that it worked, she found the feature generally unsatisfactory, due to
its slow performance and the fact that it supports neither Kermit file
transfers nor non-ANSI terminals. In her judgement, the behavior of
the Xyplex TN3270 would be considered unsuitable by a user accustomed
to an IBM 7171 terminal protocol converter.  When we factor in the
additional $53 per port cost of the Xyplex TN3270 option, we cannot
recommend this feature as a solution for connecting terminals to
IBM mainframes.

On the basis of the Xylogics' superior manageability and
configurability, and its more featureful implementation of TCP/IP,
and also its better price at high port concentrations, we therefore
selected the Annex 3 as our terminal server of choice.  However,
recognizing that there are niches that it cannot fill, we selected the
Xyplex MAXserver 1000 series as an alternate.

DRAFT DRAFT DRAFT DRAFT DRAFT DRAFT DRAFT DRAFT DRAFT DRAFT DRAFT DRAFT DRAFT 

-----------[000045][next][prev][last][first]----------------------------------------------------
Date:      2 Oct 91 18:55:38 GMT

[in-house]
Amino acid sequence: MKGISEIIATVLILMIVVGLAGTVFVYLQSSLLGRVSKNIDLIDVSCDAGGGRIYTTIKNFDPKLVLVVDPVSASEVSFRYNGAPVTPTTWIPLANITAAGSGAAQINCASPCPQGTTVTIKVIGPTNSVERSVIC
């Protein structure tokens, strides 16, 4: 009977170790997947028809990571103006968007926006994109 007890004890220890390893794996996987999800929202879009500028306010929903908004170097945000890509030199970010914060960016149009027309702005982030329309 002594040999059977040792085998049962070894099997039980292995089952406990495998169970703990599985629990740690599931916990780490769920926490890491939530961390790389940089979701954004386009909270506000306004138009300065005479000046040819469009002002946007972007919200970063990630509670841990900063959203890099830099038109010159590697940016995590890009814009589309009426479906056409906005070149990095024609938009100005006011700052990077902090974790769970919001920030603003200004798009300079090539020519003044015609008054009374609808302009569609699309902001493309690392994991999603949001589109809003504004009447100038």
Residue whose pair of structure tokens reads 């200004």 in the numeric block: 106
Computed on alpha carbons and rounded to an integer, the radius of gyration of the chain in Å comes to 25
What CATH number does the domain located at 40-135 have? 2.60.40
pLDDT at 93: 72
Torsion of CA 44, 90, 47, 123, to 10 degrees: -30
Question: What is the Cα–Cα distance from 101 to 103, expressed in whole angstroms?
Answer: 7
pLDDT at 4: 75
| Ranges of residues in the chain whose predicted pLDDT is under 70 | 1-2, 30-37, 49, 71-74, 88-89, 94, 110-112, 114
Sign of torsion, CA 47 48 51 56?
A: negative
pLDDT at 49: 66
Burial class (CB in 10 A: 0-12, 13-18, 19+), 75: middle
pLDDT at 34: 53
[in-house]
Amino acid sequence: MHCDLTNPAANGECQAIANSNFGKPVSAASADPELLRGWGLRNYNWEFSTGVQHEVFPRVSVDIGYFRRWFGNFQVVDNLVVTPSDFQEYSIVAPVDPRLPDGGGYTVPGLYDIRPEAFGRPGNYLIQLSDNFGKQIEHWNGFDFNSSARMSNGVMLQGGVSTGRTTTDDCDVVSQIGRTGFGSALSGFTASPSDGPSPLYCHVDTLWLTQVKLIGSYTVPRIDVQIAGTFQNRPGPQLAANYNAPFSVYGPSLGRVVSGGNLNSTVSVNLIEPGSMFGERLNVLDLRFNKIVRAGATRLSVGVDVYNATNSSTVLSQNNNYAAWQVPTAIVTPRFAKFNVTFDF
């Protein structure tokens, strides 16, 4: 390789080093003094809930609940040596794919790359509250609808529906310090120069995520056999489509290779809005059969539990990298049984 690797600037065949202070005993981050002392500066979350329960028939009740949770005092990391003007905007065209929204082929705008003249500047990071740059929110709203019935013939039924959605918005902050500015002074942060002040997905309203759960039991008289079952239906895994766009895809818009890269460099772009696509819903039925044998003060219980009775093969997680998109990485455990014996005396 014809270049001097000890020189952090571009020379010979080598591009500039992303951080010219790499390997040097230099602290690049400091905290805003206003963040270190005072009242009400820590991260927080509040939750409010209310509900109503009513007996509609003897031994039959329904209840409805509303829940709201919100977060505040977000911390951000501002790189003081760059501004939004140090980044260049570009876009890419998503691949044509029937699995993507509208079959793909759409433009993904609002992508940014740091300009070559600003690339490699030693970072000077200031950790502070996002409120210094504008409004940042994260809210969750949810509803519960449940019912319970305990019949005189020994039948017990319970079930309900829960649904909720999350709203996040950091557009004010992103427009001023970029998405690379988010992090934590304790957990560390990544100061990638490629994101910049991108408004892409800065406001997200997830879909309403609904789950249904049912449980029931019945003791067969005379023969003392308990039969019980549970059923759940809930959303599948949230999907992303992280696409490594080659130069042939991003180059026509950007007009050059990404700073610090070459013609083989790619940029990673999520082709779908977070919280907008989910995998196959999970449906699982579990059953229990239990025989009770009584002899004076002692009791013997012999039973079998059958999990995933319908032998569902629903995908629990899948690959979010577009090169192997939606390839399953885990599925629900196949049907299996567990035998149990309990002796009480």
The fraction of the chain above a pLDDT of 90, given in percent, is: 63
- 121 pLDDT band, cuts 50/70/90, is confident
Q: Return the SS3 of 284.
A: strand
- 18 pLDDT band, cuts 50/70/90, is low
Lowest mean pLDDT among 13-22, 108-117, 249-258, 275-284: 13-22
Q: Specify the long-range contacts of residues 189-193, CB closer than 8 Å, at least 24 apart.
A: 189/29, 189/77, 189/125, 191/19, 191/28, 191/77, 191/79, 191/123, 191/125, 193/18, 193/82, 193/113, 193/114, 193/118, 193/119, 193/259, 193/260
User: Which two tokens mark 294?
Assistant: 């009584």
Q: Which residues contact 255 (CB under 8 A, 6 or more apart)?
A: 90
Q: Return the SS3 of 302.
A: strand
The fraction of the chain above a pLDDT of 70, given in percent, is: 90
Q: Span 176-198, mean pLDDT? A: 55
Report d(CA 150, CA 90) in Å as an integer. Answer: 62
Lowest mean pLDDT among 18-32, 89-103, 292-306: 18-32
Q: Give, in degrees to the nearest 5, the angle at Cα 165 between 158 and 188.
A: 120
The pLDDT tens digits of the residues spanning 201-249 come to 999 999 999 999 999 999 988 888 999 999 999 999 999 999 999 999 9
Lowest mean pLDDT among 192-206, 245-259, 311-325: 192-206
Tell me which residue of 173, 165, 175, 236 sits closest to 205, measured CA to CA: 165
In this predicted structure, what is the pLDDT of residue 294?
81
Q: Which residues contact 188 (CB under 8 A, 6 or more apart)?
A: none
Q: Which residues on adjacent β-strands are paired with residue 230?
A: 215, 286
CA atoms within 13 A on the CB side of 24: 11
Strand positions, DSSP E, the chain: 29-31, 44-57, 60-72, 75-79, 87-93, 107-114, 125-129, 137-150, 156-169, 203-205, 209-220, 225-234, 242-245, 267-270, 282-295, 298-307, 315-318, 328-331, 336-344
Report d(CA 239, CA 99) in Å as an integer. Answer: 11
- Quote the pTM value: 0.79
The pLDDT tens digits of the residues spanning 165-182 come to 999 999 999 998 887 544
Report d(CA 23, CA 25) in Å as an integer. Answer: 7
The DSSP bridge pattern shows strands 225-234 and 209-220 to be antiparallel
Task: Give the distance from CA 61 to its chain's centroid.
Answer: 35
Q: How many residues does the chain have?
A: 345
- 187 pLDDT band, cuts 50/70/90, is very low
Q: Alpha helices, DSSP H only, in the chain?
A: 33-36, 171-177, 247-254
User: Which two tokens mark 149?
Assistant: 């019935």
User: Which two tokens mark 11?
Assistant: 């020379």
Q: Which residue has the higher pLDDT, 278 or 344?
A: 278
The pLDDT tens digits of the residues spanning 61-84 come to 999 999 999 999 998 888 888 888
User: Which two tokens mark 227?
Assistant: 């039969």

From:      richb@kronos.com (Rich Braun)
To:        comp.protocols.tcp-ip
Subject:   Re: Subnetting

I wrote:
>Is it OK to use a net mask of 255.255.255.192 for each host on a subnet?
>Will the routing tables be kept correctly by my hosts...?

Just to clarify why I'm asking this, here's what "netstat -r" reports if
I try to add network number "192.129.71.64" to my static routing tables
(using SMIT under AIX, which doesn't give you an option of setting the
flags though I did specify "Destination TYPE" 'net' rather than 'host'):

Destination          Gateway              Flags    Refcnt Use     Interface
192.129.71.64        192.0.0.80           UGH      0      0       en0

According to my doc, the "H" item under flags means this is a route to
a host rather than a gateway to a whole subnet.  I want the router